Lieutenant Christopher Dearmer

Royal Naval Volunteer Reserves

Date of birth: 21 March 1894
Date of death: 6 October 1915

Died of wounds aged 21
Buried at sea

Christopher was born in London, the second son of the Revd Dr Percy Dearmer and his wife Jessie Mabel Pritchard, nee White. He was baptised by his father at  St Anne’s Church, South Lambeth on 23 April 1894.

He was educated at Temple Grove and then at Charterhouse in Girdlestoneites House from Oration Quarter (autumn term) 1908 to Long Quarter (spring) 1910.
He was at Christ Church 1913-1914, went to Hanover to study German, Moscow and the Crimea to study Russian, and was in Tours learning French when the War broke out. He wrote to his mother,
“I am coming home to enlist. Your loving son Christopher”.

He returned to England, enlisting in the Public Schools Corps in August, and being commissioned Lieutenant in the Armoured Car Section of the RNVR and RNAS in October 1914.

“Because of his proficiency in languages Christopher had been quickly promoted and could have remained in a staff job far from enemy action, but that was not his wish. At last he was given 3 choices, all honourable, but one led to the deadly shores of Sulva Bay. It is said that ‘the powers that be’ came aboard the ship moored in Sulva Bay to try and persuade him not to join the troops ashore, but he was bored and anxious for action, so reluctantly he was told “you can go if you must”.

“For 10 days he tasted battle then on 6 October a stray shell hit his tent, falling almost into his lap. He was taken aboard HM Hospital Ship Gloucester. A letter to his father said “he had no pain and was rather inclined to sleep, and that evening at seven he died, and they buried him at sea before bed-time.”
from Donald Gray’s biography of Percy Dearmer

His Estate amounted to £75 17s 1d. Administration with Will granted to Marian Jane Knowles, wife of Arthur Knowles, attorney of Geoffrey Dearmer.

His mother, Mabel Dearmer, was an actress, novelist, illustrator, playwright, theatre producer, vicar’s wife, and mother – she wrote a book of her letters to a friend just before and after the outbreak of the First World War. That friend published them in 1915 (Letters from a Field Hospital). These letters chronicle her reactions to the impending war, the news of which reached her while she was recuperating from an exhausting London theatre production in the Cotswolds village of Oakridge Lynch .

Hardly any families were left untouched by the horrors of the First World War and the Dearmers were no exception, although at first Mabel Dearmer could see no connection between her own life and the momentous happenings beginning to unfold on the Continent.
“I knew nothing of European complications and cared less. The murder of an Archduke meant no more to me than some tale of an imaginary kingdom in Zenda. … I did not hate the enemy, I hated the spirit that made war possible…”

Then her sons enlisted and suddenly war became a very real threat. “…I envied the proud mother who sends her sons, proud of them, proud of the war that calls them out, proud of the God of battles. But that God is not my God, and my heart was heavy.” She returned to London and helped with European refugees while continuing with her theatre work until her husband, Percy Dearmer, offered to go to Serbia as an army chaplain. On the same day, she decided to accompany him and accepted a posting as a hospital orderly: “Here was the work for which I had waited. I had no doubt and no hesitation. Every tie that could keep me in England had been cut, every difficulty removed from my path.” Her husband reacted calmly to her announcement that she too was to go to Serbia. “What fun” was his only comment.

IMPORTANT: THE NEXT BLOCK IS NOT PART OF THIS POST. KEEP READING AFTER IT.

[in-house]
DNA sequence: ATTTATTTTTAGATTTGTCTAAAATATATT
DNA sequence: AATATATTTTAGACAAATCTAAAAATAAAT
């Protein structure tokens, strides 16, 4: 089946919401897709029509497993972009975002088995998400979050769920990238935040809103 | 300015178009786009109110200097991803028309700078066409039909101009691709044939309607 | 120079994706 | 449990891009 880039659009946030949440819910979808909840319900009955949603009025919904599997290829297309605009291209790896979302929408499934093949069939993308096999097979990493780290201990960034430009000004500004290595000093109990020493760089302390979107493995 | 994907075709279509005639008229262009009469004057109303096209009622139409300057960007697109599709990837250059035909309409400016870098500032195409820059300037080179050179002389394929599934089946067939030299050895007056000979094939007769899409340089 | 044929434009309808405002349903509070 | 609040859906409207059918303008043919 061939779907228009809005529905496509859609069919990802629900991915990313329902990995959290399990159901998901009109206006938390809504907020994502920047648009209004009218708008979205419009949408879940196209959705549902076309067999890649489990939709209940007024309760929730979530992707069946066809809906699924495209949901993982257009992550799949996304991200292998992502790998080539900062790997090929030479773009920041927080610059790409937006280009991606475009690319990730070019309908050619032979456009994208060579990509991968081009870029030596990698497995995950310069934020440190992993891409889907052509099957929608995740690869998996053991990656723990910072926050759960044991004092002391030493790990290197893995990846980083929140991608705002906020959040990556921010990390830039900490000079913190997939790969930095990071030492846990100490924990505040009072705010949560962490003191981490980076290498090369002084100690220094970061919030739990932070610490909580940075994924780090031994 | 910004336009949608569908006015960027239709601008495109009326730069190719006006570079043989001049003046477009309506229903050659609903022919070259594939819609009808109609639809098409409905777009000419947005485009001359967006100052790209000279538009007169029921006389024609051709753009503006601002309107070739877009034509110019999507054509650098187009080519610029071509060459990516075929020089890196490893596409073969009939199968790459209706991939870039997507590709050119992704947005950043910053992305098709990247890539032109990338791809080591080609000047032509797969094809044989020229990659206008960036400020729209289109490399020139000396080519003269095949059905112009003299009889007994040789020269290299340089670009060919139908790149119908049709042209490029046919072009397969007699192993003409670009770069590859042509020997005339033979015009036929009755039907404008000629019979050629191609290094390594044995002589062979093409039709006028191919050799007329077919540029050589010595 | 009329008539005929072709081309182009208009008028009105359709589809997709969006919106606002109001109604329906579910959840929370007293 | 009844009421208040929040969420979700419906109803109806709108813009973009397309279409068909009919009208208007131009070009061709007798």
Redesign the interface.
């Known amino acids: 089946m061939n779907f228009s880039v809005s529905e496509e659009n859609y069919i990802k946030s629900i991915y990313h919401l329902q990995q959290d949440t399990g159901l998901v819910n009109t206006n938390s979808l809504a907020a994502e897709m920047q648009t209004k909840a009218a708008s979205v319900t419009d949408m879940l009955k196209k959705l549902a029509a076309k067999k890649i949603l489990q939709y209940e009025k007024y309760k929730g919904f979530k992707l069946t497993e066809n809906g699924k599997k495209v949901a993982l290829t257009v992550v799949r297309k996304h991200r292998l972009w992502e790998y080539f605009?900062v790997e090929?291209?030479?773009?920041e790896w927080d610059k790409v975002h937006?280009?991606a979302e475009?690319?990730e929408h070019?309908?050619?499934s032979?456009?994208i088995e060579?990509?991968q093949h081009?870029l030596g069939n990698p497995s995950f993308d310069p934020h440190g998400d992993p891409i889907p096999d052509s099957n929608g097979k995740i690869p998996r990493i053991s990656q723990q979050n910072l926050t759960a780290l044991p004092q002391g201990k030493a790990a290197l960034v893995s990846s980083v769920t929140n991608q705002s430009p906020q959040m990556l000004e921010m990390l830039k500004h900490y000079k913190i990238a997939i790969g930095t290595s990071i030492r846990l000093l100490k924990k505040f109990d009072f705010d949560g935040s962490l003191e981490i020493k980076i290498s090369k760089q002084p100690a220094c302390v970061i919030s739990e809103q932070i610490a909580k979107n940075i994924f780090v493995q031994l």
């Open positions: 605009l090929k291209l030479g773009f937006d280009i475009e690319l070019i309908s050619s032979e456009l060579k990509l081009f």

In Serbia, she suffered from overwork, the mud, the fleas, prickly heat and the now intimate knowledge of war. “This war will not bring peace – no war will bring peace – only love and mercy and terrific virtues such as loving one’s enemy can bring a terrific thing like peace.” On 11 July 1915, three months after leaving Britain, Mabel Dearmer died of enteric fever at Stobart Hospital, Kragujevatz, Serbia. Her friend the editor wrote of her: “It is easy to go into danger when convinced that your country’s cause is righteous; she thought that for all countries war was unrighteous, yet she went.”

Her life, and that of her younger son Christopher, fatally injured only months after his mother’s death, are commemorated on the war memorial fountain in Oakridge Lynch, near Stroud, Gloucestershire.

 

In memory of MABEL DEARMER 
who went from Oakridge the place she loved best
to give help in Serbia where she died of fever
at Kragujevatz on July 11th. 1915, and of CHRISTOPHER DEARMER
 who died of wounds at Suvla Bay of Gallipoli
on October 6th. 1915 aged 21. Proud of the war all glorious went the son.
 Loathing the war all mournful went the mother.
Each had the same wage when the day was done.
Tell me was either braver than the other. They slept in mire who went so comely ever. Then when you wash let the thought of them abide.
 They knew the parching thirst of wounds & fever. 
Here when you drink remember them who died.

Christopher is commemorated on the Chatham Naval Memorial.

His brother Geoffrey had preceded him to Christ Church, the previous year, and survived the War. Their father was editor of the English Hymnal in 1906 and Songs of Praise in 1925.

(from the Charterhouse Archives)